Cott Brake walk

Arlington Court, Arlington, Near Barnstaple, Devon EX31 4LP

Route details and mapDownload as a print friendly PDF
Willow reflected in the partially frozen pond © Alison Lee

Willow reflected in the partially frozen pond

A miniature life form; lichen on a tree branch © Sharon Ford

A miniature life form; lichen on a tree branch

Red deer gaze on back lawn at Arlington Court © Dave Gibbons

Red deer gaze on back lawn at Arlington Court

Explore the 19th-century main house and servants' quarters © Dave Gibbons

Explore the 19th-century main house and servants' quarters

Route overview

This walk takes you through ancient woodland and parts of the area designated a wildlife reserve by Miss Rosalie Chichester, the Court's former owner. It partly follows the route taken by the Court Canter, the annual 10km run organised by the North Devon Road Runners.

Route details

See this step-by-step route marked on a map

Arlington Court, Cott Brake, walk, map, Devon
  • Directions
  • Route
  • Bus stop
  • Parking
  • Toilet
  • Viewpoint

Start: Old Kitchen tea-room, grid ref: SS611405

  1. From the tea-room, follow signs to the Carriage Museum. Before you reach the church, the path goes right and past the Wilderness Pond. From here, head down into the Wilderness. Follow the track down the hill for about 400m and take the left hand fork down a steep slope to a gate.

    Show/HideThe Wilderness Pond

    This ornamental, yet natural looking pond, was created in the early 1800s as part of Sir John Chichester's (1st Baronet of Arlington Court) extensive remodelling of the gardens. Further into the Wilderness, otters are occasionally spotted in the pools and stream.

    Willow reflected in the partially frozen pond © Alison Lee
  2. Through the gate follow the track to Smallacombe Bridge, cross the bridge and turn left, following signs for Tucker's Bridge.

  3. At Tucker's Bridge do not cross the bridge, but take the right hand fork, signed Shirwell, and follow the track alongside the river. Go through a gate into a wooded meadow.

    Show/HideTucker's Bridge

    This is one of the most important wildlife areas on the estate. It is a mixture of wet woodland and boggy grassland; a habitat for lichens, bats and butterflies. The origin of the name is not known; Tucker is a local name, but may relate to the wool trade.

    A miniature life form; lichen on a tree branch © Sharon Ford
  4. Follow track for 200m, go through two gates. After the second gate, immediately turn left and walk up a steep hill with woodland on your left. At top of hill go over the stile on your left. You are now on Cott Brake; look out for the red deer and views back to the Court and the village of Loxhore.

    Show/HideRed Deer

    This is the best walk on which to see deer, as you pass over Cott Brake, an area of steep grassland.

    Red deer gaze on back lawn at Arlington Court © Dave Gibbons
  5. Turn right and follow the fence (collapsed hedgebank) on your right, keeping to the brow of the hill, for about 300m. Climb over the stile at the end of the field into Cott Wood, where you can follow the small woodland track through the wood for about 400m.

  6. Go over the stile at the end and turn left. After 10m turn left down main track; this is steep and rocky in places. At the bottom you join a tarmac road, cross Cott Bridge and then follow the road uphill, bearing left. At the top of the hill you will see Loxhore Lodge, accessed through large gates marked by herons.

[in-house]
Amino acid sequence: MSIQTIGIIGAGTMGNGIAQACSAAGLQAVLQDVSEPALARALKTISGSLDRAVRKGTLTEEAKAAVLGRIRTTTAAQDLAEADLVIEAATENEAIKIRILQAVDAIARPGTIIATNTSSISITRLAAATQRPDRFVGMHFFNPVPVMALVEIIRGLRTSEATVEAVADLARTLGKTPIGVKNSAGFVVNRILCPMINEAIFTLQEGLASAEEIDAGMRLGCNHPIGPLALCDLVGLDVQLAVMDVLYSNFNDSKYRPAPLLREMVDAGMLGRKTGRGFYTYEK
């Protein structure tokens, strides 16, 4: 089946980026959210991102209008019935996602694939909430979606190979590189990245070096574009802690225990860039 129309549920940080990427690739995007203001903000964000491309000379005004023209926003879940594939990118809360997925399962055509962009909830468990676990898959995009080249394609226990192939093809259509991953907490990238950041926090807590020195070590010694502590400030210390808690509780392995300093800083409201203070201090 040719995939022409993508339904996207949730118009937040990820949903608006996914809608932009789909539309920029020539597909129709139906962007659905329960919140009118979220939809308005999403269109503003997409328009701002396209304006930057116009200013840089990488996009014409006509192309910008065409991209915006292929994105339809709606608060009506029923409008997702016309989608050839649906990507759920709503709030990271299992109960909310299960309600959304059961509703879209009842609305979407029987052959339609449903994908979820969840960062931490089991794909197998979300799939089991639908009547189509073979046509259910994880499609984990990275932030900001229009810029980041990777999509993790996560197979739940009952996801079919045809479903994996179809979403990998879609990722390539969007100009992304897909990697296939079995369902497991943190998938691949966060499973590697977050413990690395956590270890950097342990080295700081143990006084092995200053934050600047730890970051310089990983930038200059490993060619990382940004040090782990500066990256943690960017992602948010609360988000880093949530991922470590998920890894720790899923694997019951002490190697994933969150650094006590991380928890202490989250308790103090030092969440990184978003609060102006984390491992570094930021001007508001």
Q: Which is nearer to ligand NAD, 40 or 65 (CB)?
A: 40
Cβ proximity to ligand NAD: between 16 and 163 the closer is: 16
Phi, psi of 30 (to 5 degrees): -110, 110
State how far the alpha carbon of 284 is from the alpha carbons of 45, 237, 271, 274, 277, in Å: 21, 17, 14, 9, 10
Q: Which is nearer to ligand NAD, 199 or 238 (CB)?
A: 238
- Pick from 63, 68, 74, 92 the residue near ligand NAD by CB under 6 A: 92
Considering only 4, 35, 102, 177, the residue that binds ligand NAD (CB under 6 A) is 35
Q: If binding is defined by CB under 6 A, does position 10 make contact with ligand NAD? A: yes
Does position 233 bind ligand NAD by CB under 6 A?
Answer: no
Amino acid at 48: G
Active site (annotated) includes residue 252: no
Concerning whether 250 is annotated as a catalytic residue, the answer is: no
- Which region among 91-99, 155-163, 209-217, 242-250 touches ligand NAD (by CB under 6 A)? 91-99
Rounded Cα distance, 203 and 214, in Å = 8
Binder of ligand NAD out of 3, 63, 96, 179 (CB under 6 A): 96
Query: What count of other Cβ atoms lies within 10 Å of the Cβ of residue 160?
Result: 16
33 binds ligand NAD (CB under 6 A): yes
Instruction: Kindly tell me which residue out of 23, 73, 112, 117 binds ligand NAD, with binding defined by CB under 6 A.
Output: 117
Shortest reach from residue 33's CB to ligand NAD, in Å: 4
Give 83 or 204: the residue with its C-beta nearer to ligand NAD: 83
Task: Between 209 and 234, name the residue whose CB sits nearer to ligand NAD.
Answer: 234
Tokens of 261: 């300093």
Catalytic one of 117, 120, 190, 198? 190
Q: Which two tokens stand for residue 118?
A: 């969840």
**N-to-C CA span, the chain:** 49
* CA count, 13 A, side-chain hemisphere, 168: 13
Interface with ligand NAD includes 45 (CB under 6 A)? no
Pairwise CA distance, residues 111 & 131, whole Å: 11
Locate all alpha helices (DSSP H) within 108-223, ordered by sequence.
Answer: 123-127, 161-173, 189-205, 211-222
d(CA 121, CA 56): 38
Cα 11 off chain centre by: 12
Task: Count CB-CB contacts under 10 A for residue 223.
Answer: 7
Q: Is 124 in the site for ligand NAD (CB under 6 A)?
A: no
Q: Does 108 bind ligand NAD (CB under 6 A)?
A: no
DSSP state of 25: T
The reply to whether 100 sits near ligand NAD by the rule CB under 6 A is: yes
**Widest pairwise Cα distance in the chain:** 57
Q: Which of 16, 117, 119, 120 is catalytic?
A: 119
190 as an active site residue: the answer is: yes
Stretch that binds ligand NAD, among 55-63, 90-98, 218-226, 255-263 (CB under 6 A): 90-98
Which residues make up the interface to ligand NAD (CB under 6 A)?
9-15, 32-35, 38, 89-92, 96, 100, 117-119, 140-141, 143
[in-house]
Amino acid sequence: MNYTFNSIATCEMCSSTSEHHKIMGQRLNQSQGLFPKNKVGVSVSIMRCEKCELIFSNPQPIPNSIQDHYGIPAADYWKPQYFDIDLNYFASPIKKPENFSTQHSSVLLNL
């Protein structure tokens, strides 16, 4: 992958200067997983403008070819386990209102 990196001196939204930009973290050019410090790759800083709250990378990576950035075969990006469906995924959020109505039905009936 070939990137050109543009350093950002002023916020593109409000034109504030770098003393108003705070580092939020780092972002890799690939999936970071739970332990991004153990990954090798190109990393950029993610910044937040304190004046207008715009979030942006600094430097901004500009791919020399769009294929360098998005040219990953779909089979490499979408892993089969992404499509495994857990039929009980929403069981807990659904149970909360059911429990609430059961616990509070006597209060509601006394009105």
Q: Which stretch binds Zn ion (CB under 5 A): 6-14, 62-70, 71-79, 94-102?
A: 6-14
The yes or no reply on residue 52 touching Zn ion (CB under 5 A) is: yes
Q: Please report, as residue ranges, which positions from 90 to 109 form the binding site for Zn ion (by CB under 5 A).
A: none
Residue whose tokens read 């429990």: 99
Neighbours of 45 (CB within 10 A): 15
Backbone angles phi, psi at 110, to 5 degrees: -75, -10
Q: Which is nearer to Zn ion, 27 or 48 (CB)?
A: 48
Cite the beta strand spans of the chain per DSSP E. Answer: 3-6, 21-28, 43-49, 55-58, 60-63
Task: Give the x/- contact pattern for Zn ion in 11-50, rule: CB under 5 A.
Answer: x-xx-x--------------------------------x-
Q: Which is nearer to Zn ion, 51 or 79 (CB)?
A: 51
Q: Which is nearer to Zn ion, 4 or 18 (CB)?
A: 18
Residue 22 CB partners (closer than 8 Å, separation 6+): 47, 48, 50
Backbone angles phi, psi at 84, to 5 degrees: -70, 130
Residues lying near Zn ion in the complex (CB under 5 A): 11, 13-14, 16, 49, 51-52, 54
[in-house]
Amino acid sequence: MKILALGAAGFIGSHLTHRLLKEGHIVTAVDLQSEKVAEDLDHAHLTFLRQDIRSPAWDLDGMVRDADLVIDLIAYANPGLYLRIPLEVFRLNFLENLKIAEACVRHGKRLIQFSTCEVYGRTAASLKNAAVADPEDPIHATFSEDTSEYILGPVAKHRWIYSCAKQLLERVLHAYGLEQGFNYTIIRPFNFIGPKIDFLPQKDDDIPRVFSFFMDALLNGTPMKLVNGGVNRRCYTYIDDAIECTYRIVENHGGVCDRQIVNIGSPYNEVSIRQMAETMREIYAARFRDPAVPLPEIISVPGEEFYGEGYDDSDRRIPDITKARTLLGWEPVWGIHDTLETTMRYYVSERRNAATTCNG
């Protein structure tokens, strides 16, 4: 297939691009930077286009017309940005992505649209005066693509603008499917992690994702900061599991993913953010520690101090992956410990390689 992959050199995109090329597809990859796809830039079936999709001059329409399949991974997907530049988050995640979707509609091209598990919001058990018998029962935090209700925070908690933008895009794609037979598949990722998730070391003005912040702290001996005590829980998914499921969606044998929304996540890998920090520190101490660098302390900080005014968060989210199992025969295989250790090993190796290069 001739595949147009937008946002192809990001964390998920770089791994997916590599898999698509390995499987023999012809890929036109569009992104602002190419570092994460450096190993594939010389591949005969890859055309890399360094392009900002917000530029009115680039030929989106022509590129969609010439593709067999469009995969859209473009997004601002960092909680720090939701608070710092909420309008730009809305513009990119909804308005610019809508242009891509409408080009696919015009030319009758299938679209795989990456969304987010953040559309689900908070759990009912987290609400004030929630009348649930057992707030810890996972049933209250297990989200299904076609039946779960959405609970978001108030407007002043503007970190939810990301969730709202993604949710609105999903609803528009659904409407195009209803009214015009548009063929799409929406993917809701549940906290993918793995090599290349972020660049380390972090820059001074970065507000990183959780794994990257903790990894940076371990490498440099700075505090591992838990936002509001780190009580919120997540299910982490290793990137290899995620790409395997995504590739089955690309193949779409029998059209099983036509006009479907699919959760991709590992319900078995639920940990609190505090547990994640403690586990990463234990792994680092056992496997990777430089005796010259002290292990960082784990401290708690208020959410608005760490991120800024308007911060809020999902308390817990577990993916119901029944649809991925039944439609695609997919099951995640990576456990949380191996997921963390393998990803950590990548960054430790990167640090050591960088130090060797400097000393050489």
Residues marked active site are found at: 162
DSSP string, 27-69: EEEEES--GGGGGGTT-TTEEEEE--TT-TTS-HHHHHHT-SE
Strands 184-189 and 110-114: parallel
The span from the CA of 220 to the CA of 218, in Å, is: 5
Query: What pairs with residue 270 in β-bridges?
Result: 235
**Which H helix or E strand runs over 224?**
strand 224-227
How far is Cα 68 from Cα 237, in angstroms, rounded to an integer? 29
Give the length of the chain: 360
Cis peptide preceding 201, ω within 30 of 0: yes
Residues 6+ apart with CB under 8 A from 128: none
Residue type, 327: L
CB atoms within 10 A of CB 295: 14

Show/HideLoxhore Lodge

    The Lodge house dates from 1870. It marks an entrance to the estate created to enable easy access to the train station that once existed at the village of Snapper.

  7. Go through the gate and onto the wide track. Follow this track for about 3/4 mile (1 km), ignore forks, until you reach Tucker's Bridge (signed). At Tucker's Bridge do not cross, but follow the track uphill.

  8. Stay on this track, following signs for Arlington Court. You will reach a fork; stay left. You then end up at a gate, go through and stay on the grassy track following uphill. The track goes through a few more gates - please stay on this track.

  9. You will see the Obelisk viewpoint on your left, although you are not in the field with the structure itself.

    Show/HideObelisk

    Marking the site of a bonfire held to commemorate Queen Victoria's Golden Jubilee, this is also a wonderful place from which to view the house and garden.

    Explore the 19th-century main house and servants' quarters © Dave Gibbons
  10. After this, follow the track to another gate, go through and immediately turn right. Follow a hedgebank on the left then go up the field to another gateway on your left. Go through the gate and follow a small track through woodland.

  11. You will emerge from the woodland opposite the estate sawmills. Turn left down a concrete slope and then left again along a rough track. You are now at the back of the stables. From here, you can walk down the slope and back into the main gardens and tea-room.

End: Old Kitchen tea-room, grid ref: SS611405

  • Trail: Walking
  • Grade: Moderate
  • Distance: 5 miles (8km)
  • Time: 3 hours
  • OS Map: Explorer OL9
  • Terrain:

    This trail follows footpaths (public rights of way) through the estate, which can be muddy. Fairly easy terrain; one steady and one steep climb.

  • How to get here:

    By foot: From main car park, 200yd, through reception. Admission charges will apply during the property's opening times throughout the year.

    By bike: National Cycle Network Regional Route 56 passes near property

    By bus: TW Coaches 309, Barnstaple-Lynton, infrequent

    By train: Barnstaple, 10 miles (16km)

    By car: 9 miles (14.5km) north-east of Barnstaple, off A39. Postcode for Sat Nav: EX31 4LP

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